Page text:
Chris Heers The Road Shines Ahead

The new release for 2015 from Chris Heers and the Dirt Rich Band!

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Home   |  About Chris  |  Music  |   Photos  |   Press  |  Dates  |  Contact

Track List:


1. Fannye Katrina

2. Leaning Into Barstow

3. Trailer 19

4. Halfway

5. Drunken baker

6. Twentynine Palms

7. Road Trip

8. Joe Security

9. Pony Express

10. Shoreline

11. Naturally High

12. The Matador

13. The Cactus



STORIES BEHIND THE SONGS:  THE ROAD AHEAD SHINES


1. Fannye Katrina


I was puttering around the house, doing dishes or something and in the background there was a news special that I could hear on CNN.  It was the 5-year anniversary of Hurricane Katrina and the man who was being interviewed on TV was talking about how his restaurant used to be on the water but was completely wiped out and is now located inland.  He said something like, "We'll be back there again though...I know it".  I remember pumping my fist and saying out loud as I was washing the dishes, "Yeah buddy... you will be back!".  Later that night or the next day I was noodling around with my old black Takamine acoustic guitar and that song just came out.  I have no idea where Fannye the Angel or whatever she was came from but I am thankful that she rolled through my pen.  I knew what she looked like as soon as I said her name because there was a real Fannye who I used to help take care of in the early 90's.  She was elderly, late 80's from Georgia via Louisiana, and she used to cook me things after I went to the grocery store for her;  Great things like collard greens "washed in two waters" she would say, and chicken cooked in real lard baby.  "She looked like the woman on the pancake syrup bottle..."  There were two that came to mind, Mrs. Butterworth and Aunt Jemima.  Fannye looks like AJ but more wrinkled.  Beautiful.  The Fannye in the song is luminescent.  Her brown face is wise and somewhat younger than the Fannye I used to take care of.  The Fannye in the song swims up to my character with a face that glows with an energy and love that can't be put into words.  She is not from here.  That I know.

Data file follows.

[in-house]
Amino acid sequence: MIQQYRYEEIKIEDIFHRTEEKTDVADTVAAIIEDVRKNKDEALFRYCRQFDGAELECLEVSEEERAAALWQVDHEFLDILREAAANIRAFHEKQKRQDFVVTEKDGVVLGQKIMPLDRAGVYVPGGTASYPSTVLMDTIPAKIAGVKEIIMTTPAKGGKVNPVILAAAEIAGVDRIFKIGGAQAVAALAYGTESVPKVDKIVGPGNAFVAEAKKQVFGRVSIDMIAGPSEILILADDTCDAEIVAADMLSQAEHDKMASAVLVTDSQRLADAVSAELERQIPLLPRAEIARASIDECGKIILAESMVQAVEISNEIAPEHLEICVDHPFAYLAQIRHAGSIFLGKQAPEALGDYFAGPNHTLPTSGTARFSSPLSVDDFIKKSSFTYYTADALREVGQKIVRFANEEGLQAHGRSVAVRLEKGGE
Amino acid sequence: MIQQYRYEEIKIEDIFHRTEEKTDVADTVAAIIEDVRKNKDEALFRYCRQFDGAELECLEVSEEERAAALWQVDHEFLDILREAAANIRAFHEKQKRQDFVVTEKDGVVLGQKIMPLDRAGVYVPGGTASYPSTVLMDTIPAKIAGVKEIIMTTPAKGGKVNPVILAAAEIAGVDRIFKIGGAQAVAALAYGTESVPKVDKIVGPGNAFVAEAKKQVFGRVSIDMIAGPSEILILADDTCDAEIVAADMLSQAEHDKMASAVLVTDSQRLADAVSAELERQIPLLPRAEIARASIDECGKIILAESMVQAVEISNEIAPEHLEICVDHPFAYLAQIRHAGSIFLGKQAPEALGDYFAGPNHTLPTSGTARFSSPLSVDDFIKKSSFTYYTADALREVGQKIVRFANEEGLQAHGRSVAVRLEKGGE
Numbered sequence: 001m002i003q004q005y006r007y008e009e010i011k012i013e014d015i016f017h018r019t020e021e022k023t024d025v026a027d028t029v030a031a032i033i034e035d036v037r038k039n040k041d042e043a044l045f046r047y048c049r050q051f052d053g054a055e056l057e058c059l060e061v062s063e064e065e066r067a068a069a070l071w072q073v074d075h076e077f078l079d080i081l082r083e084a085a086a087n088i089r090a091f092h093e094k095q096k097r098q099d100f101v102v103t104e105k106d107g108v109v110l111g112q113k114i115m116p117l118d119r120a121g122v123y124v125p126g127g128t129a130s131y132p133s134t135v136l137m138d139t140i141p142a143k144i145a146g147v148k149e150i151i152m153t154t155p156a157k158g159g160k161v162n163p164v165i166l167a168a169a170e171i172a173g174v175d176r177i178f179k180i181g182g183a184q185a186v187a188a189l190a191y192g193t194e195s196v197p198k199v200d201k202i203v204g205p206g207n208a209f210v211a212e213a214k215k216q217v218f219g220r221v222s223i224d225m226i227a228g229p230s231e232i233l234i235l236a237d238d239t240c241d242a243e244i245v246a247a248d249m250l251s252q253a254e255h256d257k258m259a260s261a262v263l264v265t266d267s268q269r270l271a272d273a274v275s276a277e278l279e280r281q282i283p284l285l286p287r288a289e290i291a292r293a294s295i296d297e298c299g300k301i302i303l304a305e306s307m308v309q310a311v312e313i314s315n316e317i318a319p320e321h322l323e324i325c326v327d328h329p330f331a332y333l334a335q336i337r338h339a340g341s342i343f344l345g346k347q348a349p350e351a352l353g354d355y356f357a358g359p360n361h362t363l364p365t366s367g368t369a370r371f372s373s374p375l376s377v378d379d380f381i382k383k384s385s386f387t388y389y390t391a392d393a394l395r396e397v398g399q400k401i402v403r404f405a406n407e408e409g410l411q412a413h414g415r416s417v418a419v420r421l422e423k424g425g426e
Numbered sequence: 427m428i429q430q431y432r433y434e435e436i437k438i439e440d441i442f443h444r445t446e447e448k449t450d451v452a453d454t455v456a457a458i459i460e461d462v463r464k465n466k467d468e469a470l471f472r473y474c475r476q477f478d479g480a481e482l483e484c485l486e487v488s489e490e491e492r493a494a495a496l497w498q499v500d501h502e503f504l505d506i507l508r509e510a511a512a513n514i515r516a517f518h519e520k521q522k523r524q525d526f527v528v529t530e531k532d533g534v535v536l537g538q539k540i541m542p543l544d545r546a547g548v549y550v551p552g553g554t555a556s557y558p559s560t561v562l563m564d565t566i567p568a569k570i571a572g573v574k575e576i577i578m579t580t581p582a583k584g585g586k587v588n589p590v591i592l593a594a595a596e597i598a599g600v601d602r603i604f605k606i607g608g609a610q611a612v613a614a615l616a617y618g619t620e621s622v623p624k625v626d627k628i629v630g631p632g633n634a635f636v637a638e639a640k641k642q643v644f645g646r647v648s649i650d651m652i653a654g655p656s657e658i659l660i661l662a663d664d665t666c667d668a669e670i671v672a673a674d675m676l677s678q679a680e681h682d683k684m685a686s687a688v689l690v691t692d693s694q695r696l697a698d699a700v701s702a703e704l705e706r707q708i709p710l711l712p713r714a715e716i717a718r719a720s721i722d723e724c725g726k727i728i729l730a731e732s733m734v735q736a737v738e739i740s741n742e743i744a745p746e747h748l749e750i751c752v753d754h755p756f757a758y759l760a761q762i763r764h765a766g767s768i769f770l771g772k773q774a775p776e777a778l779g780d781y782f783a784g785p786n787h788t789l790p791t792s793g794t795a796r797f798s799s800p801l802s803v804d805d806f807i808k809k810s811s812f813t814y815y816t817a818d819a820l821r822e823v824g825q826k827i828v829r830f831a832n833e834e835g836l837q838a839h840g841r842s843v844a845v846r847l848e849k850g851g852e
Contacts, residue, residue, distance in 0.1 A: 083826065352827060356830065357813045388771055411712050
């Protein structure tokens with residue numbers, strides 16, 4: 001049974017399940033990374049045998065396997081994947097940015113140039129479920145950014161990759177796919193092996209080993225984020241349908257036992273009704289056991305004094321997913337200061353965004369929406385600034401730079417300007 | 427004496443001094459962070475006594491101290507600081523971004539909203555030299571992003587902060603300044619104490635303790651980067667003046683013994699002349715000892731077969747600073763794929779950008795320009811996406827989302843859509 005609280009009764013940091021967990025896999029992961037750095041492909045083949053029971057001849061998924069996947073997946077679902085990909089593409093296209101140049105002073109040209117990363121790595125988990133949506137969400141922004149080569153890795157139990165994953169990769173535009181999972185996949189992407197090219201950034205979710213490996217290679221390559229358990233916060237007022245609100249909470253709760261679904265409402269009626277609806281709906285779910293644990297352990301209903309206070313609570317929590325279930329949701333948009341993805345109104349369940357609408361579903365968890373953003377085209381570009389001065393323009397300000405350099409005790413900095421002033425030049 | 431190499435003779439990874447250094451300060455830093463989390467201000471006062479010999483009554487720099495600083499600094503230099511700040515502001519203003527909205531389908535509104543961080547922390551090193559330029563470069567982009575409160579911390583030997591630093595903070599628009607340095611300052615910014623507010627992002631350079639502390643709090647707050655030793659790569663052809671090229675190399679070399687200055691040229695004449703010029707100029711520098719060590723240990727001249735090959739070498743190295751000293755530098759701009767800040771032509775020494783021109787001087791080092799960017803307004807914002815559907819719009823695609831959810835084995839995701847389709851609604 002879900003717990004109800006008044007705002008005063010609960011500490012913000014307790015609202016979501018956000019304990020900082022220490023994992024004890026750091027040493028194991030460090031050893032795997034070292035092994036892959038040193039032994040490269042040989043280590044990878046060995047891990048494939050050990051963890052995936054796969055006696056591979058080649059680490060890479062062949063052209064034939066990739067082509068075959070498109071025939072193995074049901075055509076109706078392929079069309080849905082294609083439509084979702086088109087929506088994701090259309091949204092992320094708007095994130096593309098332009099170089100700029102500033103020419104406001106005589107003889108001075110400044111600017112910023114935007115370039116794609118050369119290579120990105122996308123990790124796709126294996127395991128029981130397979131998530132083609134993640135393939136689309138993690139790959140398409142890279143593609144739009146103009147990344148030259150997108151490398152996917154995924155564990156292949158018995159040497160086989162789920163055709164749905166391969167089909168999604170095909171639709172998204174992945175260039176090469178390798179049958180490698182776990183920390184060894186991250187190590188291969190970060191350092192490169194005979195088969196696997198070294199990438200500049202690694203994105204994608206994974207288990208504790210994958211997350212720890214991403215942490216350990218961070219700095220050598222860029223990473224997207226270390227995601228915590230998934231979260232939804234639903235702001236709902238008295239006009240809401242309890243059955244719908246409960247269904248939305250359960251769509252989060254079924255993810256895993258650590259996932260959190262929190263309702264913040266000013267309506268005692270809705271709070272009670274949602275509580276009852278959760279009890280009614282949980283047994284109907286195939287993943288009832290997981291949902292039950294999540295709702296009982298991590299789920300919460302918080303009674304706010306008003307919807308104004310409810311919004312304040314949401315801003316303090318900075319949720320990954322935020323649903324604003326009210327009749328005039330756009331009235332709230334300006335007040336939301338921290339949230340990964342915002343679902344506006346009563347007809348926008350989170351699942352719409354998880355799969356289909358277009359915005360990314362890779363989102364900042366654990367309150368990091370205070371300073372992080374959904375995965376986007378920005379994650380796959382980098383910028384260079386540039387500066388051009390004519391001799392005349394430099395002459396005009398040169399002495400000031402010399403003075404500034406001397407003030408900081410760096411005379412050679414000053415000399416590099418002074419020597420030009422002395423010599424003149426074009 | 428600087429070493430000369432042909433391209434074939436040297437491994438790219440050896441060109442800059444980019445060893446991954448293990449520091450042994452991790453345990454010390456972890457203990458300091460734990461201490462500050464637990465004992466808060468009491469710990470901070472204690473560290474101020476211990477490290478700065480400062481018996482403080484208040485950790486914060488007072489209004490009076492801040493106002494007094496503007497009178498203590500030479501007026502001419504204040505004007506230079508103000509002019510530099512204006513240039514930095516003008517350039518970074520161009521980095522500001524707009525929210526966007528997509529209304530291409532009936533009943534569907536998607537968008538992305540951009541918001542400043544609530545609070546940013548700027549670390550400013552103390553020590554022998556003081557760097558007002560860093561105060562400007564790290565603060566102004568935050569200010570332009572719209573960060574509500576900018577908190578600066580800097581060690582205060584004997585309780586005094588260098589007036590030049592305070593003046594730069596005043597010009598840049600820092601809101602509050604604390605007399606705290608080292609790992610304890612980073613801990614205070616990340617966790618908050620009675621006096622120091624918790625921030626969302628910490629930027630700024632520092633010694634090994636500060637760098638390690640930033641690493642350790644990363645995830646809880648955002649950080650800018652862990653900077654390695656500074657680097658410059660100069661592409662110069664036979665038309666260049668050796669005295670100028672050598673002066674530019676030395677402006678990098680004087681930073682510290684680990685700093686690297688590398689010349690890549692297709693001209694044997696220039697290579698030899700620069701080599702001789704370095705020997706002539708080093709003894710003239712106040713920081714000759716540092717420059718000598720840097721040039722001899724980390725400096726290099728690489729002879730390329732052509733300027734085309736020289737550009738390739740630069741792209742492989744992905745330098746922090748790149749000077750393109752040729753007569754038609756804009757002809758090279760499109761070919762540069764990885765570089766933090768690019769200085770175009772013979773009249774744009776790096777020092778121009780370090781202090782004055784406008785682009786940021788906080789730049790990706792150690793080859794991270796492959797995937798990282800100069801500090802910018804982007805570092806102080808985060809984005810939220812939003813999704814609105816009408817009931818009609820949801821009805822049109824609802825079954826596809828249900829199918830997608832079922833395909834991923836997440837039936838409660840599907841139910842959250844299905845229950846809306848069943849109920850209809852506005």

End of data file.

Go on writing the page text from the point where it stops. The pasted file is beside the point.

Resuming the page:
In my mind the main character, a fisherman, was having breakfast in his boat – pancakes.  As he looks out the window at the grey wall of hurricane coming toward him he sees the bottle of pancake syrup, one of the last things he sees on the boat before the mast disappears into the sea.  As he starts hallucinating three days later he has this picture in his head – the pancake bottle.  Fannye swims up to him and assumes the form of the woman in his head to make things easier for him.  


I know that you can float on a bag of potato chips because it really happened to me when I was in high school.  My buddy Jim and I ditched school with some other kids of questionable intentions and we went to Lake Mead for the day.  Jim's dad, Jim Sr., had a large boat there with a rubber motorized dinghy.  It was brand new and very off limits to us like the boat itself.  The dinghy was attached to the back of Jim’s dad's boat.  Long story short, this kid Randy had the engine and rudder of the dinghy and I was on the bow holding a rope like a bronc rider as we slammed into these huge windy lake waves.  Next thing I knew we slammed into a massive wave and we were both in the water with the dinghy disastrously empty of it's passengers and stuck on full throttle while heading for Jim Jr. who was on a jet ski in the distance.  We were in a dire position but it was strangely hilarious to see Jim’s dad’s boat heading straight for him unmanned at full throttle.  Jim Jr. managed to jump off the Jet Ski onto the dinghy at high speed and save the boat and his ass that day, a courageous maneuver at that speed.  Randy and I were about a mile off shore surrounded by floating snacks that had fallen overboard with us. I decided to let my tennis shoes sink in order to stay buoyant with my big yellow bag of Lays which I floated on until rescue.  Thank you Lays!!!